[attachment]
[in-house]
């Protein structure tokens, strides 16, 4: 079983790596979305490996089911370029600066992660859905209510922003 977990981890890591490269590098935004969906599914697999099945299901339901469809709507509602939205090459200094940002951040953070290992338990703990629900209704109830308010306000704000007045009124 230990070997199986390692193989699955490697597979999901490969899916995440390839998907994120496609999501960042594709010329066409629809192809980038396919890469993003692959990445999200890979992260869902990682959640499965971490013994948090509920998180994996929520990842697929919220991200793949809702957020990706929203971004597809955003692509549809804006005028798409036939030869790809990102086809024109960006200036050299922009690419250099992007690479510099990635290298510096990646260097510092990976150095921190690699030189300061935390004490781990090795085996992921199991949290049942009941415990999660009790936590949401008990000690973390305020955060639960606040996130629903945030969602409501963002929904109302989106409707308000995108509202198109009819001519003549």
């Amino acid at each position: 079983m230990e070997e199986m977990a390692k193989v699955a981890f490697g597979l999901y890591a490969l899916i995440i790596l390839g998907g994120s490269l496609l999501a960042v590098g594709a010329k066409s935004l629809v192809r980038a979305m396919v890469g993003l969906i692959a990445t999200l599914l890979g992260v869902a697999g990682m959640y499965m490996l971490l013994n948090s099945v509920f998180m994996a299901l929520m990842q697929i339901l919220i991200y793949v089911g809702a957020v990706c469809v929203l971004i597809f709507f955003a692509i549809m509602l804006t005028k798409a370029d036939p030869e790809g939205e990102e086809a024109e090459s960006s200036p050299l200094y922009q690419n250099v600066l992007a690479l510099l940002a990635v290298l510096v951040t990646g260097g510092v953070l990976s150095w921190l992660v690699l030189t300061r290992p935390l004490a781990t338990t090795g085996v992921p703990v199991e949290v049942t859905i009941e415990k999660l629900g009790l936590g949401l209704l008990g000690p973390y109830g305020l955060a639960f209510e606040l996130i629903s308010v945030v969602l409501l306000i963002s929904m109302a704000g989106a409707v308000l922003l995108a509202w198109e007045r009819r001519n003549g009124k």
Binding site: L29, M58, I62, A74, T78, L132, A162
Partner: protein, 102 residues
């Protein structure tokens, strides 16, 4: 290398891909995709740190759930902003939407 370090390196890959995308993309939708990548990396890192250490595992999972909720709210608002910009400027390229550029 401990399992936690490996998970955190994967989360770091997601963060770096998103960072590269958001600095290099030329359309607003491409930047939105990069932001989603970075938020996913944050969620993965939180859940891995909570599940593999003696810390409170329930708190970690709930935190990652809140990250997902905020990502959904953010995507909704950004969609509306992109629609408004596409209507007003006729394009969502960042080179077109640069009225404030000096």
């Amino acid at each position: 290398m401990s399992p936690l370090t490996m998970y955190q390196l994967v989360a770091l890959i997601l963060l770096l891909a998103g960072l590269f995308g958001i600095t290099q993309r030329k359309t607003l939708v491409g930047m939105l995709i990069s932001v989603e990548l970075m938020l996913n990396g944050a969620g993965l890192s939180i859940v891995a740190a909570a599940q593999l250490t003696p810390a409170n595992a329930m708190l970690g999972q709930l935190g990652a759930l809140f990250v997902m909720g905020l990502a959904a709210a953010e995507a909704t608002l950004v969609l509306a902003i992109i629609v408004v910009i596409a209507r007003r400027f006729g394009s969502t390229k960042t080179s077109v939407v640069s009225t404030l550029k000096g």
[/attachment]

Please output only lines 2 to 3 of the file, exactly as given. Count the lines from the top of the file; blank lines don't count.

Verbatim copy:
């Protein structure tokens, strides 16, 4: 079983790596979305490996089911370029600066992660859905209510922003 977990981890890591490269590098935004969906599914697999099945299901339901469809709507509602939205090459200094940002951040953070290992338990703990629900209704109830308010306000704000007045009124 230990070997199986390692193989699955490697597979999901490969899916995440390839998907994120496609999501960042594709010329066409629809192809980038396919890469993003692959990445999200890979992260869902990682959640499965971490013994948090509920998180994996929520990842697929919220991200793949809702957020990706929203971004597809955003692509549809804006005028798409036939030869790809990102086809024109960006200036050299922009690419250099992007690479510099990635290298510096990646260097510092990976150095921190690699030189300061935390004490781990090795085996992921199991949290049942009941415990999660009790936590949401008990000690973390305020955060639960606040996130629903945030969602409501963002929904109302989106409707308000995108509202198109009819001519003549």
């Amino acid at each position: 079983m230990e070997e199986m977990a390692k193989v699955a981890f490697g597979l999901y890591a490969l899916i995440i790596l390839g998907g994120s490269l496609l999501a960042v590098g594709a010329k066409s935004l629809v192809r980038a979305m396919v890469g993003l969906i692959a990445t999200l599914l890979g992260v869902a697999g990682m959640y499965m490996l971490l013994n948090s099945v509920f998180m994996a299901l929520m990842q697929i339901l919220i991200y793949v089911g809702a957020v990706c469809v929203l971004i597809f709507f955003a692509i549809m509602l804006t005028k798409a370029d036939p030869e790809g939205e990102e086809a024109e090459s960006s200036p050299l200094y922009q690419n250099v600066l992007a690479l510099l940002a990635v290298l510096v951040t990646g260097g510092v953070l990976s150095w921190l992660v690699l030189t300061r290992p935390l004490a781990t338990t090795g085996v992921p703990v199991e949290v049942t859905i009941e415990k999660l629900g009790l936590g949401l209704l008990g000690p973390y109830g305020l955060a639960f209510e606040l996130i629903s308010v945030v969602l409501l306000i963002s929904m109302a704000g989106a409707v308000l922003l995108a509202w198109e007045r009819r001519n003549g009124k």